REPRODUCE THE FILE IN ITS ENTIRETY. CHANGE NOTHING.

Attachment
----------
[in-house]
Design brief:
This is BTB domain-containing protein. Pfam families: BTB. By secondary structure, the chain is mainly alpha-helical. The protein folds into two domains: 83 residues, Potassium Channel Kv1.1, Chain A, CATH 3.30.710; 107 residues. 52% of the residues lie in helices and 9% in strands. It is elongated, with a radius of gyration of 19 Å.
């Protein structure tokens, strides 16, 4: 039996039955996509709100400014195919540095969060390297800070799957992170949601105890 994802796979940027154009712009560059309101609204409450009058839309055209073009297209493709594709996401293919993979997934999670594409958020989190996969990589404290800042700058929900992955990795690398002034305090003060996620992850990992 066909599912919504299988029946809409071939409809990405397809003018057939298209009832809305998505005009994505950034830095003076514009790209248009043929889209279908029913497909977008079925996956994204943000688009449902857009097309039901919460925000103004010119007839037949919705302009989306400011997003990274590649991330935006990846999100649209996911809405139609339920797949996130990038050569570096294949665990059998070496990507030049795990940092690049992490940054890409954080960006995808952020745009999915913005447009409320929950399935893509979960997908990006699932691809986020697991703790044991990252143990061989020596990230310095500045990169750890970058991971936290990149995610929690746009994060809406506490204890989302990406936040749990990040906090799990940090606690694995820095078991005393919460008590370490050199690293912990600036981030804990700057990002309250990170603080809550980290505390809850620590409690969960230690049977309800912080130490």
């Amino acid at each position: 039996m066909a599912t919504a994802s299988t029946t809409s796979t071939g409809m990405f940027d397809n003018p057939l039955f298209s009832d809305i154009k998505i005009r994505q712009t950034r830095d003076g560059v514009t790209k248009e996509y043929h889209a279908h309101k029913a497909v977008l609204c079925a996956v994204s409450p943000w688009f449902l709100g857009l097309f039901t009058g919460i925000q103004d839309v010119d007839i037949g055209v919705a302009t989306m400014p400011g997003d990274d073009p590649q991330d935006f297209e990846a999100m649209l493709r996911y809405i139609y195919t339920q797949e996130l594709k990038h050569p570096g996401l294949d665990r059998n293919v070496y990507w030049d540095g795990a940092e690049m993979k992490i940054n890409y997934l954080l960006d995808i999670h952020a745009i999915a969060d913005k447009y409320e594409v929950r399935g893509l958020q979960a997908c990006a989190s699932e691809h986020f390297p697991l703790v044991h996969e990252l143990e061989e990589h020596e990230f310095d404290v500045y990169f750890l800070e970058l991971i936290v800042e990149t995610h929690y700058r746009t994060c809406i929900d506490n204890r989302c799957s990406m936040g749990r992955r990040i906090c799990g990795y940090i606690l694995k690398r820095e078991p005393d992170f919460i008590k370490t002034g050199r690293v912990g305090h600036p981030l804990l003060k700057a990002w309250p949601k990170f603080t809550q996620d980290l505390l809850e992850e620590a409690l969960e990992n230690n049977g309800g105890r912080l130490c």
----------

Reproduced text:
[in-house]
Design brief:
This is BTB domain-containing protein. Pfam families: BTB. By secondary structure, the chain is mainly alpha-helical. The protein folds into two domains: 83 residues, Potassium Channel Kv1.1, Chain A, CATH 3.30.710; 107 residues. 52% of the residues lie in helices and 9% in strands. It is elongated, with a radius of gyration of 19 Å.
């Protein structure tokens, strides 16, 4: 039996039955996509709100400014195919540095969060390297800070799957992170949601105890 994802796979940027154009712009560059309101609204409450009058839309055209073009297209493709594709996401293919993979997934999670594409958020989190996969990589404290800042700058929900992955990795690398002034305090003060996620992850990992 066909599912919504299988029946809409071939409809990405397809003018057939298209009832809305998505005009994505950034830095003076514009790209248009043929889209279908029913497909977008079925996956994204943000688009449902857009097309039901919460925000103004010119007839037949919705302009989306400011997003990274590649991330935006990846999100649209996911809405139609339920797949996130990038050569570096294949665990059998070496990507030049795990940092690049992490940054890409954080960006995808952020745009999915913005447009409320929950399935893509979960997908990006699932691809986020697991703790044991990252143990061989020596990230310095500045990169750890970058991971936290990149995610929690746009994060809406506490204890989302990406936040749990990040906090799990940090606690694995820095078991005393919460008590370490050199690293912990600036981030804990700057990002309250990170603080809550980290505390809850620590409690969960230690049977309800912080130490």
């Amino acid at each position: 039996m066909a599912t919504a994802s299988t029946t809409s796979t071939g409809m990405f940027d397809n003018p057939l039955f298209s009832d809305i154009k998505i005009r994505q712009t950034r830095d003076g560059v514009t790209k248009e996509y043929h889209a279908h309101k029913a497909v977008l609204c079925a996956v994204s409450p943000w688009f449902l709100g857009l097309f039901t009058g919460i925000q103004d839309v010119d007839i037949g055209v919705a302009t989306m400014p400011g997003d990274d073009p590649q991330d935006f297209e990846a999100m649209l493709r996911y809405i139609y195919t339920q797949e996130l594709k990038h050569p570096g996401l294949d665990r059998n293919v070496y990507w030049d540095g795990a940092e690049m993979k992490i940054n890409y997934l954080l960006d995808i999670h952020a745009i999915a969060d913005k447009y409320e594409v929950r399935g893509l958020q979960a997908c990006a989190s699932e691809h986020f390297p697991l703790v044991h996969e990252l143990e061989e990589h020596e990230f310095d404290v500045y990169f750890l800070e970058l991971i936290v800042e990149t995610h929690y700058r746009t994060c809406i929900d506490n204890r989302c799957s990406m936040g749990r992955r990040i906090c799990g990795y940090i606690l694995k690398r820095e078991p005393d992170f919460i008590k370490t002034g050199r690293v912990g305090h600036p981030l804990l003060k700057a990002w309250p949601k990170f603080t809550q996620d980290l505390l809850e992850e620590a409690l969960e990992n230690n049977g309800g105890r912080l130490c």